Freestyle kayaking is a form of white water kayaking probably best summed up as gymnastics on water. Participants use specially designed kayaks to perform a range of acrobatic tricks and manoeuvres, usually whilst surfing a fast-flowing river-wave. While many enjoy freestyle kayaking as a recreational sport, there is also a serious competition scene, with events at national, European and World Championship level.


Many of the freestyle moves can be attempted on flat water, and this is how many people first get into the sport. Most rivers contain waves and holes that can be used for training purposes. However, advanced events require powerful features such as Sluice weir in Dublin, Curragower in Limerick and Clifton in Galway. Most of Ireland’s top competitors spend time abroad, training on world-class rivers such as the Ottawa in Canada and the White Nile in Uganda.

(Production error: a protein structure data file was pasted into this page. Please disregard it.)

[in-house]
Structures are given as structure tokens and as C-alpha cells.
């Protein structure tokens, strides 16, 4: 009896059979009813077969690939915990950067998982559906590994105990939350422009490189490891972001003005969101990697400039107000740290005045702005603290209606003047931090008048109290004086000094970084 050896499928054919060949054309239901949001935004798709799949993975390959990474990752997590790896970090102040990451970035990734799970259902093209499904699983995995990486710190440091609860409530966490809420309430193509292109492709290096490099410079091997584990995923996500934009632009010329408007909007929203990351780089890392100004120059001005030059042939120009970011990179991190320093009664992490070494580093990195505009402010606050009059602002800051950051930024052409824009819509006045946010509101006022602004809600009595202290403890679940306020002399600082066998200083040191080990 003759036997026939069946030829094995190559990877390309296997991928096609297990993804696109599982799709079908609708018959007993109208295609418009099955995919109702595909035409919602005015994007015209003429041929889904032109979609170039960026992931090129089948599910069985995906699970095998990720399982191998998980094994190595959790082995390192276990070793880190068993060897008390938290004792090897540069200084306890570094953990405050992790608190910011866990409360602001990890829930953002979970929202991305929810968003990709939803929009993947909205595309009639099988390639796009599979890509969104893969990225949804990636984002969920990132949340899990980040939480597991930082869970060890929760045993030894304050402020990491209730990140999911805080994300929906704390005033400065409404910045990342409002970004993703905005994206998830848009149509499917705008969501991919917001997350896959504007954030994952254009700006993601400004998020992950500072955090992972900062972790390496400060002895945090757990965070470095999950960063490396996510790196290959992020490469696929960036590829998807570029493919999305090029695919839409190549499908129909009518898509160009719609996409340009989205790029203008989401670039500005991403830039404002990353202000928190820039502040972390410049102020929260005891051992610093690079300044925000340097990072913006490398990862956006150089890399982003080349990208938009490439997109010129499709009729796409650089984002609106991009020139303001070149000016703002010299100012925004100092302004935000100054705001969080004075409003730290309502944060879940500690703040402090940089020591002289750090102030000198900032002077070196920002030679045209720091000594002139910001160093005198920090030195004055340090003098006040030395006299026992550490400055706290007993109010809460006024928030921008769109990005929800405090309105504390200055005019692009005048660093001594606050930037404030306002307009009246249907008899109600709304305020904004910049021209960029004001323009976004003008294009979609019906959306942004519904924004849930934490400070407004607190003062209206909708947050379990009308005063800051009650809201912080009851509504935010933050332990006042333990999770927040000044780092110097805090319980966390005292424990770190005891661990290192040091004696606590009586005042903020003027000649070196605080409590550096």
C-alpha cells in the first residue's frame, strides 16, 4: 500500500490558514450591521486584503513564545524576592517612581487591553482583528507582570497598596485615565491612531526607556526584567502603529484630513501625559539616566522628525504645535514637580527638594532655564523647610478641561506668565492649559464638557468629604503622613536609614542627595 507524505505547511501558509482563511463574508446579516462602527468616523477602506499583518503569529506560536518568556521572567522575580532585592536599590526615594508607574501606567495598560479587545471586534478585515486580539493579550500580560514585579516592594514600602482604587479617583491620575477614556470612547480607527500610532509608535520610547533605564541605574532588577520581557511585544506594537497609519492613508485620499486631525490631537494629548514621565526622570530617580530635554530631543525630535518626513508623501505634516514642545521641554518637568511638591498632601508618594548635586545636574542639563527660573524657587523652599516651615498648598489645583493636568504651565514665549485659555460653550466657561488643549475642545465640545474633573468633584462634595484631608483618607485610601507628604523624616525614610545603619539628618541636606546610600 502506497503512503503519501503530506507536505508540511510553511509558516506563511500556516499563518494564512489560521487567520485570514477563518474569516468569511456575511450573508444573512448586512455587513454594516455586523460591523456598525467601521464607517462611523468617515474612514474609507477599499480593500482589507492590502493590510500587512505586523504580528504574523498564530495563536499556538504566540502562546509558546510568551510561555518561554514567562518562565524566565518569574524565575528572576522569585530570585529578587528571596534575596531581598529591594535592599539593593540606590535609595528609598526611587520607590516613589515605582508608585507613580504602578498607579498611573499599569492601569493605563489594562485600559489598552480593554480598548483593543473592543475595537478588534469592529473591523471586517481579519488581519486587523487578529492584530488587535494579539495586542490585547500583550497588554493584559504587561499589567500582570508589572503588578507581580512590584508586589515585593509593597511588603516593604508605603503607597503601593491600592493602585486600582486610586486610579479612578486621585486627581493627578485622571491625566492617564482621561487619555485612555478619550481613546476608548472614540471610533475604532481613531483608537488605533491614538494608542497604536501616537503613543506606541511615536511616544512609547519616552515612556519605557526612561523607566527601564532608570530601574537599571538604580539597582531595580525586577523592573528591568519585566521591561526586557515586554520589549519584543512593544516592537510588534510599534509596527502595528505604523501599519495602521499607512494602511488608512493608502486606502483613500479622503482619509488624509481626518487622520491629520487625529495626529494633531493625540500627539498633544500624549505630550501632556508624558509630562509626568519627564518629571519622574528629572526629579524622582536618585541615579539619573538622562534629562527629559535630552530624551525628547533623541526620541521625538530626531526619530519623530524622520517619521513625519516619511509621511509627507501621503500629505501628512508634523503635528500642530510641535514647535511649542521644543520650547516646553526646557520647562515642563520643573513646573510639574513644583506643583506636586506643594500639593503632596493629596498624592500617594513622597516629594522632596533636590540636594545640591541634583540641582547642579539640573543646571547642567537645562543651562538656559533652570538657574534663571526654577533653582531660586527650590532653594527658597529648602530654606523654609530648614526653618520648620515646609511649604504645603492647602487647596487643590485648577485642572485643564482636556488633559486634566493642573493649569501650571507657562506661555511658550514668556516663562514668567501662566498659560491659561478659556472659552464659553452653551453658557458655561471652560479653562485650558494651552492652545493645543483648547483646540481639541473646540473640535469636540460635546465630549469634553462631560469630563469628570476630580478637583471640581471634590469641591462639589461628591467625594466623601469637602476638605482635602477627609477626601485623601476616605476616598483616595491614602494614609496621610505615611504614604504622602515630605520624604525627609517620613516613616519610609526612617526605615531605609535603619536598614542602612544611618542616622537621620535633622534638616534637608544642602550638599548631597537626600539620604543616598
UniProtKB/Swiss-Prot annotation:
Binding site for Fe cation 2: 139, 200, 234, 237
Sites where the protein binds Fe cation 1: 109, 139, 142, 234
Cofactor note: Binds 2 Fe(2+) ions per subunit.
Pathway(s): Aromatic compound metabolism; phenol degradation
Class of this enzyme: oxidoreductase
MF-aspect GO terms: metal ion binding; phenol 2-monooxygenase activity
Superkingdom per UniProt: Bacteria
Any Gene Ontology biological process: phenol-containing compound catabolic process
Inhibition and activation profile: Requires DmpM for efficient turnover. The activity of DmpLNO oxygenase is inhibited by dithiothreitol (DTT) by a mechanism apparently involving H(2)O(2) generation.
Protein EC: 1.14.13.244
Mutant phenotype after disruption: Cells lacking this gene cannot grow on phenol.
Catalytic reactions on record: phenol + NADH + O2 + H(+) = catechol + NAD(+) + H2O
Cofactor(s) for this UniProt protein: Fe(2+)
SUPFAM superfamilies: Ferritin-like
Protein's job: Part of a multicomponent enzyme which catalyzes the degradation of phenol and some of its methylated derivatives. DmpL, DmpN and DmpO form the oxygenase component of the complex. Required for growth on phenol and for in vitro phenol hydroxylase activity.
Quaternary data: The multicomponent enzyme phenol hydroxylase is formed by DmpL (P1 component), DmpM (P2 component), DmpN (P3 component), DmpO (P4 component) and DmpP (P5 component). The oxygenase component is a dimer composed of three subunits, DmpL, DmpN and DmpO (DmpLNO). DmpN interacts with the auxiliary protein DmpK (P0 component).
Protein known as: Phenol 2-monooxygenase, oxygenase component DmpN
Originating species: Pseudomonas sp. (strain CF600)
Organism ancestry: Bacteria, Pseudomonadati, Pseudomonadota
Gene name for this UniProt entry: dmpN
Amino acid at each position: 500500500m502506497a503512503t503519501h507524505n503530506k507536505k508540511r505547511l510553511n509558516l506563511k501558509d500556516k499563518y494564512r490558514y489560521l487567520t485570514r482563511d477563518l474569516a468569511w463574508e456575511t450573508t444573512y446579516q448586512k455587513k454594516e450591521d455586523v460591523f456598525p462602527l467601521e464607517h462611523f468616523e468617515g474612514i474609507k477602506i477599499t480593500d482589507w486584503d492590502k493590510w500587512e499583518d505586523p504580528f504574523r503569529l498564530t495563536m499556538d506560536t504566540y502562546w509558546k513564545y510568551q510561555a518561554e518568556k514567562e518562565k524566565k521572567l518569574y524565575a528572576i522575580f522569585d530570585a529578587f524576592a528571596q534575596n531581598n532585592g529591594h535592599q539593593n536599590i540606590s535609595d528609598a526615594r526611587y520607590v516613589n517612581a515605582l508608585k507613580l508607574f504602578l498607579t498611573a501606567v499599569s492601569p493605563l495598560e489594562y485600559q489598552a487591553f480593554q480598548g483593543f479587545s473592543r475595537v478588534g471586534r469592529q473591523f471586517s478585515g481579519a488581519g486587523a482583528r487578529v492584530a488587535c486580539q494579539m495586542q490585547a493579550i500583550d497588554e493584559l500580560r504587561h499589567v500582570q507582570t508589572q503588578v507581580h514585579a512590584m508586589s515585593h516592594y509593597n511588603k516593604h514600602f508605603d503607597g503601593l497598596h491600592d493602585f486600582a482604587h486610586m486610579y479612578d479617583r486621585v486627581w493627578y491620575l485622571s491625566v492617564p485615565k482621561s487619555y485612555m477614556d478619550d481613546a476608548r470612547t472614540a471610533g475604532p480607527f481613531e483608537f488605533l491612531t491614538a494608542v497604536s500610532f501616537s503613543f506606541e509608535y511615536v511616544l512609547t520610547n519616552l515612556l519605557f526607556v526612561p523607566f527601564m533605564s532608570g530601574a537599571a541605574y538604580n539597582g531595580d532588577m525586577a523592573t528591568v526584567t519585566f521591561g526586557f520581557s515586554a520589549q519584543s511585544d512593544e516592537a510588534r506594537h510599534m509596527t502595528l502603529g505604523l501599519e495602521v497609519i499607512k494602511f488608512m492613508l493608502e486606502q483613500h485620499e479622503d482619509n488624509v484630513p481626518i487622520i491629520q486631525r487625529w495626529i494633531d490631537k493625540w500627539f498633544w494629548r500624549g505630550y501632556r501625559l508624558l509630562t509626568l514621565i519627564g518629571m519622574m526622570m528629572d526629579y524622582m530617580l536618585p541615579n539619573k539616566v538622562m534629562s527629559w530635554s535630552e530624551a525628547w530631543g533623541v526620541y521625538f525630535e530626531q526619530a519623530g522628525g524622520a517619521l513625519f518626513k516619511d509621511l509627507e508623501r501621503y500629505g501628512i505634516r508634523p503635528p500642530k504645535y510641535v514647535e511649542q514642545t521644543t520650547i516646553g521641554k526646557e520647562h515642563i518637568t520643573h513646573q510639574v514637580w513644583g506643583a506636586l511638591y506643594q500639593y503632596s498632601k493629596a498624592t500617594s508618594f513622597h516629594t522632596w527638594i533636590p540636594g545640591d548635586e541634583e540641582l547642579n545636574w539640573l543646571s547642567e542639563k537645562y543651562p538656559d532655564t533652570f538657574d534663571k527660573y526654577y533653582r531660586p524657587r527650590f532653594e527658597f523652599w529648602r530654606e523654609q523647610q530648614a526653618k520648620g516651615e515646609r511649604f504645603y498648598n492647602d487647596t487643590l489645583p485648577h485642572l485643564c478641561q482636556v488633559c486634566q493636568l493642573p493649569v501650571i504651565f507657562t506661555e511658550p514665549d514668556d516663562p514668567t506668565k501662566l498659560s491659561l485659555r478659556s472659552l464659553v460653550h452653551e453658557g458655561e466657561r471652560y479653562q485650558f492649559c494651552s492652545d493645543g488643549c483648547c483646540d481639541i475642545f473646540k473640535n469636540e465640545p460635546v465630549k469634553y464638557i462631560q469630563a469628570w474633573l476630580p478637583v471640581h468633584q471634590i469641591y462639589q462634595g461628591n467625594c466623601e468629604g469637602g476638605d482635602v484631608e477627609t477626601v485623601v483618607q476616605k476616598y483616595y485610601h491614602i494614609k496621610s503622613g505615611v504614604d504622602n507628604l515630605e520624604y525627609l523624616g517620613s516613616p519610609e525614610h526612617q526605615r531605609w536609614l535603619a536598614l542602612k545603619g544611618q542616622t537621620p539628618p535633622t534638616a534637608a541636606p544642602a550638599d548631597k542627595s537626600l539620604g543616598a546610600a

Freestyle is a sport that is constantly evolving, with new moves being invented every year. The general format for freestyle competition involves each competitor getting a timed run, in which they have to perform as many moves as possible. Scores are awarded for their technical difficulty and the variety of moves the competitor completes.

Type of Boat

As the sport evolves, so does boat design. Most manufacturers release a new design each season. In general, a freestyle kayak is very short (often under 2m) and made of plastic. In recent years composite boats have become more popular, their light weight making it much easier to perform tricks.